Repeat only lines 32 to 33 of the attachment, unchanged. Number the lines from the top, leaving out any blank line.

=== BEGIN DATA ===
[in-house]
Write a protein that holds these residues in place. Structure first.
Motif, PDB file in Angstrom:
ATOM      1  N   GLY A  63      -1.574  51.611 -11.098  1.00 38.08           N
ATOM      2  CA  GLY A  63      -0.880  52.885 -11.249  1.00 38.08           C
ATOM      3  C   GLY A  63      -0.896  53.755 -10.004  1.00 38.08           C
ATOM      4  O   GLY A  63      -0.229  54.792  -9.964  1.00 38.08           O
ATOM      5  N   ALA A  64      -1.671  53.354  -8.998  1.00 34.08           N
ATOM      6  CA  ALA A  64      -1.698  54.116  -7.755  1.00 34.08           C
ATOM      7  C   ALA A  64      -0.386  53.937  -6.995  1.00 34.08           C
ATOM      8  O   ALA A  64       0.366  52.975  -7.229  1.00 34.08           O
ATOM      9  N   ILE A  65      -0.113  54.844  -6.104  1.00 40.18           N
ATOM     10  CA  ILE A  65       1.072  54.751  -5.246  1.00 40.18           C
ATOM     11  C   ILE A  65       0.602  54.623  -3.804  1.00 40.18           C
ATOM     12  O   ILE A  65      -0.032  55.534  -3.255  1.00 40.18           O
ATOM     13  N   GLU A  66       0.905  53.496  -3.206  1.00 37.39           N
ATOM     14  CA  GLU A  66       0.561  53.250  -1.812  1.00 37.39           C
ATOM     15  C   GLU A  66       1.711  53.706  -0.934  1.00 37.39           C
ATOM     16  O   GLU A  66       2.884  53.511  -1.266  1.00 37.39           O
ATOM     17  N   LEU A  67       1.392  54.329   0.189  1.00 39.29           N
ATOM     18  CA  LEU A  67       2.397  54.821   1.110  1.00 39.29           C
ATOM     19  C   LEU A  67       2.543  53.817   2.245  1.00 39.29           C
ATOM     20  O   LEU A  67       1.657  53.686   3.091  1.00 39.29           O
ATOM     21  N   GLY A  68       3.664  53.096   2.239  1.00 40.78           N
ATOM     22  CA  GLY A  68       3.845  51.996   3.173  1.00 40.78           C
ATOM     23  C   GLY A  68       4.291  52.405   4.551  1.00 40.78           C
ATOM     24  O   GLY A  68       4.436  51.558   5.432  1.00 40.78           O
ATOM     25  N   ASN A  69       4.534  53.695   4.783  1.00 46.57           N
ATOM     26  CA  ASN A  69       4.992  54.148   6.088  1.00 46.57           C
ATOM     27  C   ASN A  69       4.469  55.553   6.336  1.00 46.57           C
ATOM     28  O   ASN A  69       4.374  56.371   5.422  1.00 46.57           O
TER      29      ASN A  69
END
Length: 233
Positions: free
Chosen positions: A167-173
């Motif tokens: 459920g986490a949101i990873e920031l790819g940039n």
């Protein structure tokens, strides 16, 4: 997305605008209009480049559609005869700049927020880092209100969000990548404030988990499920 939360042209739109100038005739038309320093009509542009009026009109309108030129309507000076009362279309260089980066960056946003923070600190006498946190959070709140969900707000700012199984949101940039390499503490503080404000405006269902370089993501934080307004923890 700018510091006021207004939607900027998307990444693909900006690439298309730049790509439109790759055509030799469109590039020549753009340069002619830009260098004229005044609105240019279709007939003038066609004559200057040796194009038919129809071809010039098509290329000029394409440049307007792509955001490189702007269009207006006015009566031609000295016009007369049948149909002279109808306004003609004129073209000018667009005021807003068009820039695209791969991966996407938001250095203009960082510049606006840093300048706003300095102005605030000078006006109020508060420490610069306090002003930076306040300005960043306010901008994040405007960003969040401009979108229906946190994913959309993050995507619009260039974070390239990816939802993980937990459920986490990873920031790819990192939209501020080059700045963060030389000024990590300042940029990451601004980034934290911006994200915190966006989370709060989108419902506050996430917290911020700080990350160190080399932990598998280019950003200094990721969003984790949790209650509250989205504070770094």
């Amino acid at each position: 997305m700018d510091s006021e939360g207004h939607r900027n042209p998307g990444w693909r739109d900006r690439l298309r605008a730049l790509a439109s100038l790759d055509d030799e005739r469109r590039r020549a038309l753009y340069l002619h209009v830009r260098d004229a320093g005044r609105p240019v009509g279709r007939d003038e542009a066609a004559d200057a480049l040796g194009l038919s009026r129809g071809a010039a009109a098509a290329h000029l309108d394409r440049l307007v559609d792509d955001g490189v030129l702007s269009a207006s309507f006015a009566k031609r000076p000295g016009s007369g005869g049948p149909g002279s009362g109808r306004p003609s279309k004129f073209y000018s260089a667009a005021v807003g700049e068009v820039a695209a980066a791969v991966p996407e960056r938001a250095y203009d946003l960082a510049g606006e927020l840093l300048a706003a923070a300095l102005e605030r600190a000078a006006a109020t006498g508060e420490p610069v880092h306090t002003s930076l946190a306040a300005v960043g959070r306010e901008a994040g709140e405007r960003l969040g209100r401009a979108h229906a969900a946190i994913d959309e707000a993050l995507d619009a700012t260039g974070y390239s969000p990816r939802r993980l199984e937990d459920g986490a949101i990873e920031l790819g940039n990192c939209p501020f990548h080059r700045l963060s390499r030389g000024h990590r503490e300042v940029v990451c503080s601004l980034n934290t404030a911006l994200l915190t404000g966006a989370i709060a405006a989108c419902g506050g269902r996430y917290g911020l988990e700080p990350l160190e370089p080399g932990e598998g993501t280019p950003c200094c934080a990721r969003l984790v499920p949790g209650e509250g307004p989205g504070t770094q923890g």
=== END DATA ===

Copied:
TER      29      ASN A  69
END